Employee Financial Distress: The Perfect Storm for Employers

Employee Financial Distress

The Perfect Storm for Employers

“The lack of money is the root of all evil.” Mark Twain

Submitted by:  Cherri Smith, CPC, Ulliance, Inc.

From a wellness perspective, financial wellness is one of the most important dimensions and can have an enormous impact on an individual’s health and well-being.  According to Personal Finance Employee Education Foundation (PFEEF), “Financially distressed employees have trouble functioning in their jobs, and this is hurting their physical health as well as taking a bite out of the employer’s bottom line.”

When a person is experiencing financial difficulties often they are in such a state of stress that they experience health issues.  According to survey findings, highly debt stressed employees are:

  • More than 13 times more likely than low to no stress people to lose sleep at night
  • More than seven  times as likely to have severe anxiety
  • Almost seven times as likely to take stress out on others
  • Nearly six times as likely to experience severe depression
  • 4 times as likely to have ulcers or other digestive problems
  • Twice as likely to have heart problems and migraines

All of these things lead to low engagement, low productivity, absenteeism, healthcare claims and presenteeism from dealing with financial issues during work hours. Not only do these symptoms appear on the job but they are evident at home leading to marital distress, social distress and often times a feeling of failure and loss of purpose.  Remember the eight dimensions of wellness including financial, emotional, social, spiritual, occupational, physical, intellectual and environmental? Ignoring and not addressing the financial dimension can really upset the balance!

When a person is in pain it is natural to be laser focused on the pain until it is relieved. In this state, a person cannot see anything else but the pain and all else fades to a lessor priority.  Employers should understand that this lack of focus impacts them to a large degree even though it is the employee’s responsibility.   According to a study by MetLife, employees are looking to their employer to provide financial education.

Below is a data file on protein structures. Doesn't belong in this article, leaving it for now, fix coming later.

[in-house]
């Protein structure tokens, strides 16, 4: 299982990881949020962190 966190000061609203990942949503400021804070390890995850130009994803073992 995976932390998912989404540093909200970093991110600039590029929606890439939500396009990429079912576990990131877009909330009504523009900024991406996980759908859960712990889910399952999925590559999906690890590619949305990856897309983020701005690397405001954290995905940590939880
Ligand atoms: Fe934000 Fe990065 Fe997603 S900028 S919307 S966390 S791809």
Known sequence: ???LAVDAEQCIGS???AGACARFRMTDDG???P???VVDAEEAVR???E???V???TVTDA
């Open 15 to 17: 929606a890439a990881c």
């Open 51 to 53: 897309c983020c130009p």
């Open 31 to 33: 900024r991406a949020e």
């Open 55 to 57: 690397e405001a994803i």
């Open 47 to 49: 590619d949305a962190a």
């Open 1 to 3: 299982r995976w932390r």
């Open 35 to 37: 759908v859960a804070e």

“Offering financial education in the workplace is an effective way to both drive productivity and demonstrate empathy. Despite the fact that 50% of employers identify financial education to help employees become financially secure as a very important benefits strategy, only 34% currently offer financial education workshops. This could be a missed opportunity: the Study shows that 49% of employees who do not have access to financial education through the workplace would be interested in having this opportunity.”

What can employers do from a financial wellness perspective?

  • Offer a wide range of financial education options.  The source of financial stress can range from living paycheck to paycheck through saving enough for retirement.  This could mean involving organizations like debt consolidation companies and financial planning resources.  There are many companies like MetLife and Greenpath who offer education at no cost to the employee or employer.
  • Partner with a stand-alone Employee Assistance Program (EAP) provider to help with the emotional and behavioral impact of financial stress.  Stand-alone programs not embedded in other benefits, provide stability and familiarity for employees so they know who to call for assistance.  EAP services embedded in Life or Disability plans can change each time the employer decides to change carriers leading to confusion and low utilization.
  • Partner with a wellness provider that offers Behavioral Coaching.  Coaching can address the beliefs, assumptions, emotions and behaviors surrounding money and can bring a level of awareness to the source of the financial distress.  A coach will work with the employee to help change mindset leading to lasting behavior change.  They also help the employee to create plans to be more productive at work while he or she addresses financial issues.
  • Offer wellness incentives for individuals to take advantage of financial education as well as other educational opportunities.  Studies show that more educated a person is the healthier they tend to be. Knowledge is power.

People who are financially stressed often times feel alone and ashamed and don’t know where to turn for help.  Employers have a phenomenal opportunity to provide assistance that will not only improve the lives of their employees but also the company’s bottom line.

I welcome your feedback and any ideas you have for addressing financial wellness!  Stay tuned for the next wellness dimension: Emotional.

In the meantime, live well!!

Cherri Smith, CPC
Ulliance, Inc.

For more information regarding Ulliance EAP and Wellness Programs call 1-248-273-6229